Bunge specialises in trading agriculture products and operates soy crushing facilities. It's 3 large soy crushing plants have an annual soy capacity stands of 1.6 million tonnes. This is about 2.5% of the annual total soy crushing activities in China. Bunge does not have any feed mills in China yet.

4)  Explain how new laws are limiting foreign ownership in China's feed mills, oil seed crushing facilities and related lines. How are these law expected to affect the structure of China's feed industry?

China has not formalized any legal restrictions on foreign ownership in China's feed industry. However, as China's feed industry is already very mature, it is not easy for foreign investors to have a strong foothold in the China feed market. Nevertheless, two foreign companies that have done exceptionally well are the Thailand's Charoen Phokphand (CP) Group and US-based Purina, which is co-owned by Cargill.


Conditions are much more restrictive in its oil crushing sector. China started to restrict foreign ownership in its oil crushing industry in December 2007. Under the new rulings, Chinese shareholders must own a controlling share of soy processing enterprises. This is to prevent foreign investors from dominating China's oil crushing industry.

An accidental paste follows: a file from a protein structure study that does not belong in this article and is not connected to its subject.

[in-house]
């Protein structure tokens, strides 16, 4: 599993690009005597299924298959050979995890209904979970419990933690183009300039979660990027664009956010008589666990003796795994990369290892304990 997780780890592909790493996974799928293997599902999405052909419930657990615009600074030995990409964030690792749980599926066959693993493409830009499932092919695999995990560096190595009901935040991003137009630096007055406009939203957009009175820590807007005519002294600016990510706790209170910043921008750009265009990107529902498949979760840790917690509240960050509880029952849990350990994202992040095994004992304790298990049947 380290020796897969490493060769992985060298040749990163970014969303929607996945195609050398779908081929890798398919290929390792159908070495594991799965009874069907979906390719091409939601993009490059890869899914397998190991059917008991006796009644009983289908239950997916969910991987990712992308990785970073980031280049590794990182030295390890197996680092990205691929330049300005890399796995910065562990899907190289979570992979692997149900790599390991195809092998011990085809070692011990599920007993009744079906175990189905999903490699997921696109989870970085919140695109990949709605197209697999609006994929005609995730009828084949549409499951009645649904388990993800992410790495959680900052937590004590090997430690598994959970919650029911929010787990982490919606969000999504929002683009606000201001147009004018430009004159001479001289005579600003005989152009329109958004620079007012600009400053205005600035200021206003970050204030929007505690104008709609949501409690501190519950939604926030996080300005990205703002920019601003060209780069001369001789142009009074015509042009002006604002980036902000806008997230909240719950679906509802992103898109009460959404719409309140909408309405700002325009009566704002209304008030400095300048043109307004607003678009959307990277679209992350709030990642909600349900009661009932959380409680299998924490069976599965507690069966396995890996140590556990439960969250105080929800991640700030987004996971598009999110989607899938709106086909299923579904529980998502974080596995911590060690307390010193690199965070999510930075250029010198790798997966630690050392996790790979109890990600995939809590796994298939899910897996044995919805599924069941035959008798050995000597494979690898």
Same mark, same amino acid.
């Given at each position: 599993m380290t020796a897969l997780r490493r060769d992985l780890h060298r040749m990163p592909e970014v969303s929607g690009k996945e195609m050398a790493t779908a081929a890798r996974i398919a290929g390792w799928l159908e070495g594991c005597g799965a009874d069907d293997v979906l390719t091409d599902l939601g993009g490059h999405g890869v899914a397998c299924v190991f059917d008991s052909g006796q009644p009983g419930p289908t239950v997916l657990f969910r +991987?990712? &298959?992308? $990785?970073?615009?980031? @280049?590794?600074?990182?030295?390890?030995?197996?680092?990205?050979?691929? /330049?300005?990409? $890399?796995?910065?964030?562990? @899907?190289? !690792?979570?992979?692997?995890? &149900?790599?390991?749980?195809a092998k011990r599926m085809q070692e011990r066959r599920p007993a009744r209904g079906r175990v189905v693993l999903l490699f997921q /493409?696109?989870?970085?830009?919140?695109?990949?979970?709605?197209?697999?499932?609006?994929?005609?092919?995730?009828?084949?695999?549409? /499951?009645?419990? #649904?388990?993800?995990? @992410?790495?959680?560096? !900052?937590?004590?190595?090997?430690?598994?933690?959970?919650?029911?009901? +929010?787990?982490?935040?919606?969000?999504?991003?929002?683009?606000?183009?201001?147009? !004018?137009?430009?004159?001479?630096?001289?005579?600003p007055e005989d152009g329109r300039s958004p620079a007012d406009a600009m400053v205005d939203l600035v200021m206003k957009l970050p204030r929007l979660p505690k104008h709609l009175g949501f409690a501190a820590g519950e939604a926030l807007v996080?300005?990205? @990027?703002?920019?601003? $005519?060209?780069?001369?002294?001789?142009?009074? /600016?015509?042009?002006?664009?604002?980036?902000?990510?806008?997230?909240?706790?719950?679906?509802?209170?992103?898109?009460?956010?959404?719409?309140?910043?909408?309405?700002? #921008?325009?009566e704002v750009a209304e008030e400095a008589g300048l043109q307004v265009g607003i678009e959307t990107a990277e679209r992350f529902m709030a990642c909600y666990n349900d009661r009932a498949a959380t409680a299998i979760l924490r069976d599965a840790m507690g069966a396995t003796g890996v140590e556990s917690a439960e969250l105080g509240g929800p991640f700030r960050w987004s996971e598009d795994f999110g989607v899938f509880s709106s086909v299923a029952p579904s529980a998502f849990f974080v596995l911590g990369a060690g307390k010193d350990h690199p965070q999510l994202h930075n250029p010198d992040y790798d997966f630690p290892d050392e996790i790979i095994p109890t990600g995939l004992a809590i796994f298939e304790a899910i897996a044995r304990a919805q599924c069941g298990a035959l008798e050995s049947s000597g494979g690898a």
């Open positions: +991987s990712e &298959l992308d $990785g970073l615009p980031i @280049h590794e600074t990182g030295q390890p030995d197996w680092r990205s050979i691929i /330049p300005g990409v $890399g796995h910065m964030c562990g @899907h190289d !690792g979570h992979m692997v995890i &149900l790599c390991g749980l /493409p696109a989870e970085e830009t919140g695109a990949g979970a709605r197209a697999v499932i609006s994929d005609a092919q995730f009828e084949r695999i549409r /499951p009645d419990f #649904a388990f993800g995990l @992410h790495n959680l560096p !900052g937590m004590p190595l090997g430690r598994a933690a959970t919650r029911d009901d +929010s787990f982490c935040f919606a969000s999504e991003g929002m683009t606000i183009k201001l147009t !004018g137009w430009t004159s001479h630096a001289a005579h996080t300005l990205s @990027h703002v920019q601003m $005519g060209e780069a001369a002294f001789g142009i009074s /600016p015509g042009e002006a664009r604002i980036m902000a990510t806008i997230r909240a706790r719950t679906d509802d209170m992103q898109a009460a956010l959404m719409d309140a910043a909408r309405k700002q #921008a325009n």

This gives China's crushers an opportunity to take the entire market share arising from rising oil crushing demand. At the same time, since China's oil crushing industry continues to be largely controlled by state-owned enterprises, this makes it easier for the government to impose price control regulations and therefore control food price inflation.  

5)  How fast are the various types of feed production (e.g. Aquafeed, ruminant feed, poultry feed, hog feed, etc) expanding and why?

After two decades of very fast growth, the last five years has seen feed markets for hog feed, layer feed and broiler feed reach the point of market saturation. The aquafeed feed line was growing very quickly until the end of 2005 but now, it too is also approaching the market saturation point.